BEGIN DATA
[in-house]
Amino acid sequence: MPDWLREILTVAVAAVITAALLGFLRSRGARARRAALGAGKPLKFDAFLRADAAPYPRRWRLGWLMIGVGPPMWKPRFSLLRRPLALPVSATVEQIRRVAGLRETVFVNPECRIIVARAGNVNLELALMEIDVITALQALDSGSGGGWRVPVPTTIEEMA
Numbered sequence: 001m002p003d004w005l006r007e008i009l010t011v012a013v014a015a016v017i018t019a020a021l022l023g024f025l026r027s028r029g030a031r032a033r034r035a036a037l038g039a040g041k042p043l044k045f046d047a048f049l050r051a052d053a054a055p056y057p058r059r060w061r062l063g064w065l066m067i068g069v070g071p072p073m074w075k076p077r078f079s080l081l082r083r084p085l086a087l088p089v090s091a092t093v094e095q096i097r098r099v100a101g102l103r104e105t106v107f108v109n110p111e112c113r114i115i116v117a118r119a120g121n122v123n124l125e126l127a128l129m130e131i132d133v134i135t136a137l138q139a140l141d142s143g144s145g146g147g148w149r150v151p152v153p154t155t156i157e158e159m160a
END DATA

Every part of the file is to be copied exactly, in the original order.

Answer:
[in-house]
Amino acid sequence: MPDWLREILTVAVAAVITAALLGFLRSRGARARRAALGAGKPLKFDAFLRADAAPYPRRWRLGWLMIGVGPPMWKPRFSLLRRPLALPVSATVEQIRRVAGLRETVFVNPECRIIVARAGNVNLELALMEIDVITALQALDSGSGGGWRVPVPTTIEEMA
Numbered sequence: 001m002p003d004w005l006r007e008i009l010t011v012a013v014a015a016v017i018t019a020a021l022l023g024f025l026r027s028r029g030a031r032a033r034r035a036a037l038g039a040g041k042p043l044k045f046d047a048f049l050r051a052d053a054a055p056y057p058r059r060w061r062l063g064w065l066m067i068g069v070g071p072p073m074w075k076p077r078f079s080l081l082r083r084p085l086a087l088p089v090s091a092t093v094e095q096i097r098r099v100a101g102l103r104e105t106v107f108v109n110p111e112c113r114i115i116v117a118r119a120g121n122v123n124l125e126l127a128l129m130e131i132d133v134i135t136a137l138q139a140l141d142s143g144s145g146g147g148w149r150v151p152v153p154t155t156i157e158e159m160a